<![CDATA[Have you heard of "managed" code? Generally it refers to code that has no direct access to memory and instead has to access everything through a protected interface of sorts. The main advantages are that a program can't go poking memory that it shouldn't and useful rules can be enforced like type safety.
The most prevalent example of managed code is nearly everything running under .NET/Mono. Admittedly you can mark parts as “unsafe” letting you use pointers and stopping the garbage collector arbitrarily moving your data around but most of the usefulness comes from avoiding this where possible.
The problem is, you can’t always avoid it. The main reason for this is you have to access existing non managed systems. Rewriting everything in managed code is not feasible and although you can lessen any problems by writing wrappers so there is only one point of contact between managed and unmanaged code, problems can still occur – the sort of problems the managed code was supposed to prevent.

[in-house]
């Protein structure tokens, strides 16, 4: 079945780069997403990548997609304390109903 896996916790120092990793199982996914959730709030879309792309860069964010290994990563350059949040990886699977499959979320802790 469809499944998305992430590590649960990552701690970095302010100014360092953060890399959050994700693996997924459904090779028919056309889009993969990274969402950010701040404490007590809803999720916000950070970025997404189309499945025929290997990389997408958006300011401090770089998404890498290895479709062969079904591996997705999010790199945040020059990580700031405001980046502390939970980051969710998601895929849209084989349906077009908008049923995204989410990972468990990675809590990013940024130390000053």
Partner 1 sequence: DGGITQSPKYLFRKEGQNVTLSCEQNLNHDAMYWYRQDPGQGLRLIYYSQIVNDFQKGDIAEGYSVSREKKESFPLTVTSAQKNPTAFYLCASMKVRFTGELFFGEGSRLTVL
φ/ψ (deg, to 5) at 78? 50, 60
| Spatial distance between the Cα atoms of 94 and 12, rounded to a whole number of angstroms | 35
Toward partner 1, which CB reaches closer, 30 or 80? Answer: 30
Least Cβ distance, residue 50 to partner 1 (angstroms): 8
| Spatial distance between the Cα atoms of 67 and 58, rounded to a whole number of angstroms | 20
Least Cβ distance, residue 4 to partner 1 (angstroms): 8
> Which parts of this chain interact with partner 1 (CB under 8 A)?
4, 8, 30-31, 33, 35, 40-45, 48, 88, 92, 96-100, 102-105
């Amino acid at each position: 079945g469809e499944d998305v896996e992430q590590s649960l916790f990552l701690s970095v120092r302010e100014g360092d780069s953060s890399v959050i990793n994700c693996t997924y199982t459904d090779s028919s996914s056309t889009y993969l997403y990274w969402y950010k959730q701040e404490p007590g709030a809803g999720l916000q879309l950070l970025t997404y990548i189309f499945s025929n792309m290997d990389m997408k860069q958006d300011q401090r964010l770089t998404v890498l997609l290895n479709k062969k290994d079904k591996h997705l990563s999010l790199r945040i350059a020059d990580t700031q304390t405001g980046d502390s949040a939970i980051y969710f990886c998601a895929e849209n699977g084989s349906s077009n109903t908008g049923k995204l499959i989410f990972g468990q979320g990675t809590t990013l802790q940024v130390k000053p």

Microsoft are investigating a solution. After reading that last paragraph, the form of the solution should be obvious but for the most part it’s unworkable in the real world – eliminate all unmanaged code.
A lot of people claim managed code, or specifically .NET is slow and inefficient. Well it is. But it can be made faster. Most inefficiency is caused by a lot of run time checks to make sure everything is as it should be. If the code lives in an entirely managed world however most of these checks can be removed since (barring random hardware failure) the program can be guaranteed to satisfy the run time checks at compile time.
For more details about Singularity, Microsoft’s research operating system written in C#, check out this article by James Larus, Galen Hunt, and David Tarditi over at MSDN.
dotNET, C, C++]]>